Even if I resume my education at the Art Institute, they'll still be looking for a "last straw". It could be anything, and I'd probably never see it coming. For that reason I'm thinking that transferring my credits to a different art school would be a better course of action.

  4. Thanks, Monika. The situation as the principal figure himself describes it seems realistic. We all make mistakes, and all those involved in this seem to have made misjudgements.

    That in no way of course excuses his dean's reaction, assuming that was an accurate account. A very unfortunate attitude for an administrator in this society.

  5. From personal experience, I have to attest that atheists expressions can all too easily get blown out of proportion. I wasn't the argumentative type back in high school (well, outside of Political Science and Debate classes, where it was encouraged), but people generally knew where I stood. When the Illinois legislature mandated that the Pledge of Allegiance be said in class every morning, I remained seated in silent protest. If anyone asked, I explained that it was because I firmly believed that the phrase "Under God" was unconstitutional (Side note: There was an orthodox, creationist jew at the school who remained seated for the same reason. Just an interesting oddity, no real relevence here).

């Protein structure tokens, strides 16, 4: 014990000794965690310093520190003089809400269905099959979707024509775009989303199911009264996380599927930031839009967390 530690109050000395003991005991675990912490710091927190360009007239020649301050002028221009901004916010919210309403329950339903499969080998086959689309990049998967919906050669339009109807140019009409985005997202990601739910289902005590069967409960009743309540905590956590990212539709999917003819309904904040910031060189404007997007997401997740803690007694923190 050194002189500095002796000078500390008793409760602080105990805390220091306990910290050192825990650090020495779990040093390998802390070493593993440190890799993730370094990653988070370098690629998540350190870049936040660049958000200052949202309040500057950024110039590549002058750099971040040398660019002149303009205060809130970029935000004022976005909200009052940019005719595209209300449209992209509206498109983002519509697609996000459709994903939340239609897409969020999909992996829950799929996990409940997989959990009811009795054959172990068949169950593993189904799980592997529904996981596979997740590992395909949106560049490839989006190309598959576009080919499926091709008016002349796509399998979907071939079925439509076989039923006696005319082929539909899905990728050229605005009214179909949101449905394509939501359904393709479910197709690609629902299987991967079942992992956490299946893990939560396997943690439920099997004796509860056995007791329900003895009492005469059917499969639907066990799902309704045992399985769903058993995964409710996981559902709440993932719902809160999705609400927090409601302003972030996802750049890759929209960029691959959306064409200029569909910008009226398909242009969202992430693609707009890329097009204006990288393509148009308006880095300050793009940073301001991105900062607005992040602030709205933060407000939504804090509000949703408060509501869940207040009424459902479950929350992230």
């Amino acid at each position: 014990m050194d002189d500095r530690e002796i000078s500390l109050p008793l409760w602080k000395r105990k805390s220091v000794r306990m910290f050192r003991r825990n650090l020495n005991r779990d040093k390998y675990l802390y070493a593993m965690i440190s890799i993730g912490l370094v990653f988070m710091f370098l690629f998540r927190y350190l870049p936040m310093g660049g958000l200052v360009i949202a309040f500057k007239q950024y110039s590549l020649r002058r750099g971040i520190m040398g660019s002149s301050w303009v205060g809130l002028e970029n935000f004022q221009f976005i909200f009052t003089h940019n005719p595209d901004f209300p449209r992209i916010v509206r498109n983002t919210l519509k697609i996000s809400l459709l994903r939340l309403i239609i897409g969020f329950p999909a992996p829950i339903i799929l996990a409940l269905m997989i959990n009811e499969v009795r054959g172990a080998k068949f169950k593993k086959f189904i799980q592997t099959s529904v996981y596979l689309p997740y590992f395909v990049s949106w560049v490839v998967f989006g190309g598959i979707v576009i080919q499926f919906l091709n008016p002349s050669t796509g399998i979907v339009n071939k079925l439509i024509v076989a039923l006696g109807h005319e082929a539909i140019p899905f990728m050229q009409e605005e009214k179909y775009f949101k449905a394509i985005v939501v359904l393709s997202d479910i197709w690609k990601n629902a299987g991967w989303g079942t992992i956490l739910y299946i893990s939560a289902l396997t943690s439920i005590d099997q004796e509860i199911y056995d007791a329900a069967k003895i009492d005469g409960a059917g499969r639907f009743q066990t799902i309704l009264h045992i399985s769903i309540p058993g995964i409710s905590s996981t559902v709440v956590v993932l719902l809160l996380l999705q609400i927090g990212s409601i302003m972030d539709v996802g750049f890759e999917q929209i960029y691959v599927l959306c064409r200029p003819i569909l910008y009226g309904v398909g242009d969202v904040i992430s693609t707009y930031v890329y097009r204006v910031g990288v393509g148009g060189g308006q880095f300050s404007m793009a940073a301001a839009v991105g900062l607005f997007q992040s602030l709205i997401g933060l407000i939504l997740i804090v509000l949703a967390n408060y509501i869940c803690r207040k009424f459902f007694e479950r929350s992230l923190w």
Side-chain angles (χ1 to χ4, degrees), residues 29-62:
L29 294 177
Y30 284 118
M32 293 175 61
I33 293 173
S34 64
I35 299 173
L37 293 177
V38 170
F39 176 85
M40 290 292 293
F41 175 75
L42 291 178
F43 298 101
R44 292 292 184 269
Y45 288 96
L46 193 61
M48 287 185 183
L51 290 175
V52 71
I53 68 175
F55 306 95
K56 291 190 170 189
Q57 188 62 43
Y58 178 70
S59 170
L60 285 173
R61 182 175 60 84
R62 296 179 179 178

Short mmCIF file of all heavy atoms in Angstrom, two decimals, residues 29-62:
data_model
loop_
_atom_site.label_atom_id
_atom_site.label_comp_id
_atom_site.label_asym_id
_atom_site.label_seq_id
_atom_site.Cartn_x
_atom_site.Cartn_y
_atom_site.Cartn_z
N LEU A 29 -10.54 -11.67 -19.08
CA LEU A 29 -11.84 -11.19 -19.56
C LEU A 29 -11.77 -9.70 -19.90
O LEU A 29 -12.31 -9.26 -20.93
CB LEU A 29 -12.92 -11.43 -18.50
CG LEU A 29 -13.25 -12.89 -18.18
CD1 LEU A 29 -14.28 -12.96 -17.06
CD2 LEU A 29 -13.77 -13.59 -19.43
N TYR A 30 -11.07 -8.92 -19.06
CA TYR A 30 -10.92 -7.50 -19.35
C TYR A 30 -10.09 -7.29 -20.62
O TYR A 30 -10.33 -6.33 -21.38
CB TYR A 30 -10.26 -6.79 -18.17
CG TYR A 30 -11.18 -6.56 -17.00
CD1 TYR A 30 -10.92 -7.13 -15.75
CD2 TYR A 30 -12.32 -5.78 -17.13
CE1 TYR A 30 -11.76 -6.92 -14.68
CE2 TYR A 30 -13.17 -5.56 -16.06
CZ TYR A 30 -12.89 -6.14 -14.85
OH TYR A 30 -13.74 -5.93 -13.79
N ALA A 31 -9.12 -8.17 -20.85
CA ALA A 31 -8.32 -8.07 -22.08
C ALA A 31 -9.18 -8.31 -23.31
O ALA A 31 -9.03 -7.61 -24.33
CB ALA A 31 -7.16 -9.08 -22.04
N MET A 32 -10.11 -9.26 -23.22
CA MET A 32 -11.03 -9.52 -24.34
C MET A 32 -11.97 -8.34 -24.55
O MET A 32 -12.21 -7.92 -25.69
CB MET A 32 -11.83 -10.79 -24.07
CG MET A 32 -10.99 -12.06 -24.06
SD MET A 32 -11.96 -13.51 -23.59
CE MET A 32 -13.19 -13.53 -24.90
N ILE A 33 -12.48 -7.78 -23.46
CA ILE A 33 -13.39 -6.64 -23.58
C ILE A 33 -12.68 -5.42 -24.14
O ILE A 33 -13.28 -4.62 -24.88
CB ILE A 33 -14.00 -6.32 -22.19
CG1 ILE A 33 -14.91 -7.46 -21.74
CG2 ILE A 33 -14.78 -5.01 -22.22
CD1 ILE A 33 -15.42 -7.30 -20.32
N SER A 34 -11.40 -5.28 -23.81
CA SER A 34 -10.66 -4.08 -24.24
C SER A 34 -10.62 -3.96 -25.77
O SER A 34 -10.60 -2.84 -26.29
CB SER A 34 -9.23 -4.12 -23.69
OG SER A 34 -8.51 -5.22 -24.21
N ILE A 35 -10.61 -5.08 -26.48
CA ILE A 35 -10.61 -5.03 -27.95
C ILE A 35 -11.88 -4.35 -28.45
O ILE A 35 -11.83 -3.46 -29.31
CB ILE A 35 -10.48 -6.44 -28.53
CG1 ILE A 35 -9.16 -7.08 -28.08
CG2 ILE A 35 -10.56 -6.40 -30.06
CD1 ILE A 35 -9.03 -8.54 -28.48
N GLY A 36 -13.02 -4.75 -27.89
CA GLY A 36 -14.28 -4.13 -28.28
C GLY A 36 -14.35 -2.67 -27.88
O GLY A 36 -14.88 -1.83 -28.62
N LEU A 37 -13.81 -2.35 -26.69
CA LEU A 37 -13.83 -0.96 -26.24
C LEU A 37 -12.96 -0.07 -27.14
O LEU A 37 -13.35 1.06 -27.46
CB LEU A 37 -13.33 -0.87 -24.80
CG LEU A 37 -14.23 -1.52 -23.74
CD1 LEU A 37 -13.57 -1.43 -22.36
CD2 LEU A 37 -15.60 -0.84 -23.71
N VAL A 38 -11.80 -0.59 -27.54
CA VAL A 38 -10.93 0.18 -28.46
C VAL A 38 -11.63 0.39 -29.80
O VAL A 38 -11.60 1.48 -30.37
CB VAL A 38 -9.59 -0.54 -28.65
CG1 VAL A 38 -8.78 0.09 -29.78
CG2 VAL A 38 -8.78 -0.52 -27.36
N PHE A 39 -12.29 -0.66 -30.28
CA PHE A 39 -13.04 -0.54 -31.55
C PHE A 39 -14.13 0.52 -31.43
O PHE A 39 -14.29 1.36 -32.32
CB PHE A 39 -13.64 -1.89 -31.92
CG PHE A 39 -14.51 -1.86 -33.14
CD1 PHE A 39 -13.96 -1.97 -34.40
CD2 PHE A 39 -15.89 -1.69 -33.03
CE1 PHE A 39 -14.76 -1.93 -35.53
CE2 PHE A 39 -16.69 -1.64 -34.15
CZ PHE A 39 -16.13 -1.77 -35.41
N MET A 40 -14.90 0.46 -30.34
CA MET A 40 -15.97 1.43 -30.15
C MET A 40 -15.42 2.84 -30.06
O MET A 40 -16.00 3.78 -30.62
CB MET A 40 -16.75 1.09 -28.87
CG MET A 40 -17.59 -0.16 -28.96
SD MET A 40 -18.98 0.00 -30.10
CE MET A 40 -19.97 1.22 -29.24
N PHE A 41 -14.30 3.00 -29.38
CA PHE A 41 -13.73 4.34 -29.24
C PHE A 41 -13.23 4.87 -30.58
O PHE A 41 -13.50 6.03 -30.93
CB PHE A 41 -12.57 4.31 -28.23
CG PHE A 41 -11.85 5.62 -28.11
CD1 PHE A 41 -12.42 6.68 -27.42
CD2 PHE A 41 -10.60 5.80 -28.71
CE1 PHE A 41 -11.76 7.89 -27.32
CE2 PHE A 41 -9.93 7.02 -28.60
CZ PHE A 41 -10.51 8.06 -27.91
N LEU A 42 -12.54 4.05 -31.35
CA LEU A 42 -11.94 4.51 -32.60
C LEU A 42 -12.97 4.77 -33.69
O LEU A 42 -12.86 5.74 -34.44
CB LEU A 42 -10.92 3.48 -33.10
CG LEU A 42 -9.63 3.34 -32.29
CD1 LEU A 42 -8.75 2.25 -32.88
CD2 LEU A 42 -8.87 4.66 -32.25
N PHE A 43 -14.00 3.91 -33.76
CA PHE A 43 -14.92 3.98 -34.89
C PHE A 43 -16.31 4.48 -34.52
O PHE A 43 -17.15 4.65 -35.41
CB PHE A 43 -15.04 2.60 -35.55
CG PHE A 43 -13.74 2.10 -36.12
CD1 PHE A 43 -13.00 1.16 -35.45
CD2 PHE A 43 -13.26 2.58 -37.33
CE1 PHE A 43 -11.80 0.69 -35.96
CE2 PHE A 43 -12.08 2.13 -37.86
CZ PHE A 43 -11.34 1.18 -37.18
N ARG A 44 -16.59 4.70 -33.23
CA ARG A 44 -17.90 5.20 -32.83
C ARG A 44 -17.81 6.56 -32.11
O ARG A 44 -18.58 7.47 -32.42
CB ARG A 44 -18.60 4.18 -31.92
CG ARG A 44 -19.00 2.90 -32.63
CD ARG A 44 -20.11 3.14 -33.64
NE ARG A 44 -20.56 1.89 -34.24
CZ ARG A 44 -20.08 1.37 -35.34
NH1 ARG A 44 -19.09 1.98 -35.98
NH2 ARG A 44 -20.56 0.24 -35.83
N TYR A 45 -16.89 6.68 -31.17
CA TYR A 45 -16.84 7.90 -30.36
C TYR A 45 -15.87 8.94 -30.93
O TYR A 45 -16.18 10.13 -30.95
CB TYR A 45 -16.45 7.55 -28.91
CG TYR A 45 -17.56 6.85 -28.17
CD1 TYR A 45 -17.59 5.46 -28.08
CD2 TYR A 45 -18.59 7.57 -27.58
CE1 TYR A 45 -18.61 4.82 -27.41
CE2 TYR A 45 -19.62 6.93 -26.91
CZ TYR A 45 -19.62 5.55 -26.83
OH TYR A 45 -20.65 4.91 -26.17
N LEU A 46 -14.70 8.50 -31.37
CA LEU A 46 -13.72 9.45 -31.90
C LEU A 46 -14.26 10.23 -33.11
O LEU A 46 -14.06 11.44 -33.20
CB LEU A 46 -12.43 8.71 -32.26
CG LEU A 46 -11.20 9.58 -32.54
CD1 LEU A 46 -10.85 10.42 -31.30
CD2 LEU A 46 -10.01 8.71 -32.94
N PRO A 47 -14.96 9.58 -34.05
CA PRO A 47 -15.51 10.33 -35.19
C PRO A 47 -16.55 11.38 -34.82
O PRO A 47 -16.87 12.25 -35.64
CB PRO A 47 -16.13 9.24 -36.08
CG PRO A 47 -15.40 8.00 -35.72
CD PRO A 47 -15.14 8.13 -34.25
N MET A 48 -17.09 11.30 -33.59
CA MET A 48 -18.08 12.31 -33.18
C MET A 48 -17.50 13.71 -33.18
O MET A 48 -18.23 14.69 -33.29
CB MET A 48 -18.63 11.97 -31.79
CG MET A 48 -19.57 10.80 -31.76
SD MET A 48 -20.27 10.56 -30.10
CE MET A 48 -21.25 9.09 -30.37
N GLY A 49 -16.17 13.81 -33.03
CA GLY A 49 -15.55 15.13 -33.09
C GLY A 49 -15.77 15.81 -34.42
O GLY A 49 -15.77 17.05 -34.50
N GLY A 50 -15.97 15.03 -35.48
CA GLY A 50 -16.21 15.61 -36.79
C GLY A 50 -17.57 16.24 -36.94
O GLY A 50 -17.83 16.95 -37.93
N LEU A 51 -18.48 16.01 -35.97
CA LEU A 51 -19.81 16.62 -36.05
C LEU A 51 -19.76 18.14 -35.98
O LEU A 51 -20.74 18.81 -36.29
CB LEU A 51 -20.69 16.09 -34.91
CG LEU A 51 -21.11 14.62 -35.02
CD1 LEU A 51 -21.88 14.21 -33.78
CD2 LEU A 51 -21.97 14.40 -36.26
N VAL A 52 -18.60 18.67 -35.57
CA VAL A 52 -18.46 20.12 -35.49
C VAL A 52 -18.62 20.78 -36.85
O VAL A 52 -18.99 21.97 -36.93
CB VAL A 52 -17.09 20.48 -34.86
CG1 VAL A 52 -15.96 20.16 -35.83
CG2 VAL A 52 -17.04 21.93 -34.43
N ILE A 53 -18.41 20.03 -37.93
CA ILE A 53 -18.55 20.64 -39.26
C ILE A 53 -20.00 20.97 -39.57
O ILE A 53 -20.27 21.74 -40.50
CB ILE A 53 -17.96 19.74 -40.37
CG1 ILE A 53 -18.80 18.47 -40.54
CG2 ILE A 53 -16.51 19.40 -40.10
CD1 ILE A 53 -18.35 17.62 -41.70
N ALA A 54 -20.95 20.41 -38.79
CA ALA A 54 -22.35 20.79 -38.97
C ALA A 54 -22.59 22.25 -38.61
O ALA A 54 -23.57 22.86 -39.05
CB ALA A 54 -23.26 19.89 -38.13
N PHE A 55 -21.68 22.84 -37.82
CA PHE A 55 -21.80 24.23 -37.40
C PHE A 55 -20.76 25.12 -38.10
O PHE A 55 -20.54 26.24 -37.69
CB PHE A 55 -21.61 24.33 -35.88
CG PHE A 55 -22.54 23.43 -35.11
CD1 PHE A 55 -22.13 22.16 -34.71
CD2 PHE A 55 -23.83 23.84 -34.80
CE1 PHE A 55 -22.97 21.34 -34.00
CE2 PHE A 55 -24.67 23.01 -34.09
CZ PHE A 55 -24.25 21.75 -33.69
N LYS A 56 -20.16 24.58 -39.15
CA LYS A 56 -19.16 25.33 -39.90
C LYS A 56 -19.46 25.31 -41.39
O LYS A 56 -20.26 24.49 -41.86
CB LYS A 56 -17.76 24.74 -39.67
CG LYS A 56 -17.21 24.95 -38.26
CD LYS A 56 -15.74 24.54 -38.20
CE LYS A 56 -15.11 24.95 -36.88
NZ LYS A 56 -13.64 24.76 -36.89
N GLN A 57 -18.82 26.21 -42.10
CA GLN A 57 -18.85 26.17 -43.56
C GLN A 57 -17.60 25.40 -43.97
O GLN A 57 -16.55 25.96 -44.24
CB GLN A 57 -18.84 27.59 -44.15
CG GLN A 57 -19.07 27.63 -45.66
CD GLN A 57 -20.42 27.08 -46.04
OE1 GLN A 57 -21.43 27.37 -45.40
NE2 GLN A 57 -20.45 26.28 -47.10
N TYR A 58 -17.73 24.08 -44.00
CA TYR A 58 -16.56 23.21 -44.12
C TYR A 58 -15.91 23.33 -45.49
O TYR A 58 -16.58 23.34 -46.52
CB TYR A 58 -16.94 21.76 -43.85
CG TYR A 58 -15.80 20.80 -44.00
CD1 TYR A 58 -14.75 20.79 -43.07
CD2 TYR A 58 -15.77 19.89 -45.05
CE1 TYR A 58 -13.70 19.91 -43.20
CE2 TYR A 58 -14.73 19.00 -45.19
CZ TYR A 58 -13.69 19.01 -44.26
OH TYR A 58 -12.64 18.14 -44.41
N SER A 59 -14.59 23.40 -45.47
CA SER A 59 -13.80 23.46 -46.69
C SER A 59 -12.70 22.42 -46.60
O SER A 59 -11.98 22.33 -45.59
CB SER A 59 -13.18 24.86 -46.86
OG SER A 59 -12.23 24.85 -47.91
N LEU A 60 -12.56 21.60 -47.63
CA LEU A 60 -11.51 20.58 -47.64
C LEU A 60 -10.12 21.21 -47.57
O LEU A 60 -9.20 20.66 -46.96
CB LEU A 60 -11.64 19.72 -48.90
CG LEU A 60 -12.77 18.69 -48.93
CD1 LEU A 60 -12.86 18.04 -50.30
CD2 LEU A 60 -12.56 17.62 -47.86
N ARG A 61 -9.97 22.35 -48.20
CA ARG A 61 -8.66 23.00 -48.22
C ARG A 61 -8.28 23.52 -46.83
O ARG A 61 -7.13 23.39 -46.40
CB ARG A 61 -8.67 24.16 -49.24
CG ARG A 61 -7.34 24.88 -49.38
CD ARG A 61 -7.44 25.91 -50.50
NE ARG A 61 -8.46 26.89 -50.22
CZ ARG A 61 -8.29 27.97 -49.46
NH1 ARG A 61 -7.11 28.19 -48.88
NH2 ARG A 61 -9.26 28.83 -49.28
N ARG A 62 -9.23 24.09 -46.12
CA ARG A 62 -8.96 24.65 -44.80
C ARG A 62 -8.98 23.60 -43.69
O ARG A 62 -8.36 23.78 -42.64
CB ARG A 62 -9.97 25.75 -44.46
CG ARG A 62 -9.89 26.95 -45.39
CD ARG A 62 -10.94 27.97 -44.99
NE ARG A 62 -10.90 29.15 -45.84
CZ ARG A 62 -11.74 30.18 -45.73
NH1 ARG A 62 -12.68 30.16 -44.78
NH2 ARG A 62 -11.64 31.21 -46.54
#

It was in the same class as we had to pledge where The Incident happened. One of my biggest flaws is that I can never resist an opening for a joke, even if no one else there would get it. So, when a couple of kids in class were asking where they could find the Bible in the school library, I couldn't resist shouting out, "Check under Fiction." The room went silent. If I had been more courageous and sure of my righteousness then, I would have followed that up with, "Oh, I'm sorry. I should have said 'Fantasy.'" But that probably would have made things worse. Instead, I just backed out with "Just kidding, geez."

    Later that day I was pulled over by the school counselor. She'd received numerous complaints about the incident, and we got into an argument about it. I explained to her that all I was doing was expressing my religious beliefs, and that other kids did it all the time without reprisal. I wouldn't have gone off and complained if some religioso had claimed that Origin of Species should be shelved in fiction (though I would have argued with them on the point). I had no doubt that it was, in fact, offensive to them, but that's no fault of my own. They're allowed to proclaim there is a god, I should be allowed to proclaim there isn't. The counselor, religious herself, didn't fully agree with me, but she at least realized she didn't have a case to punish me.

    In retrospect, it probably wasn't wise to make that joke (no point alienating myself further from them), but there wasn't anything innately wrong with it. I should be allowed to do so without fear of consequences, as this student should have been allowed to claim that leprechauns don't exist. (Of course, if you disagree, feel free to tell me I was being a jerk about it.)

    I've only recently realized that this is the same problem Dawkins is facing: Any expression of atheism, however polite, is considered rude. It's an uphill battle we're facing, but it's a battle that must be fought. To arms!

  6. I think I might find myself in a similar situation someday. If someone says "Leprachauns live in energy fields layerd throughout reality." I would laugh for many minutes and then explain to them that they are wrong.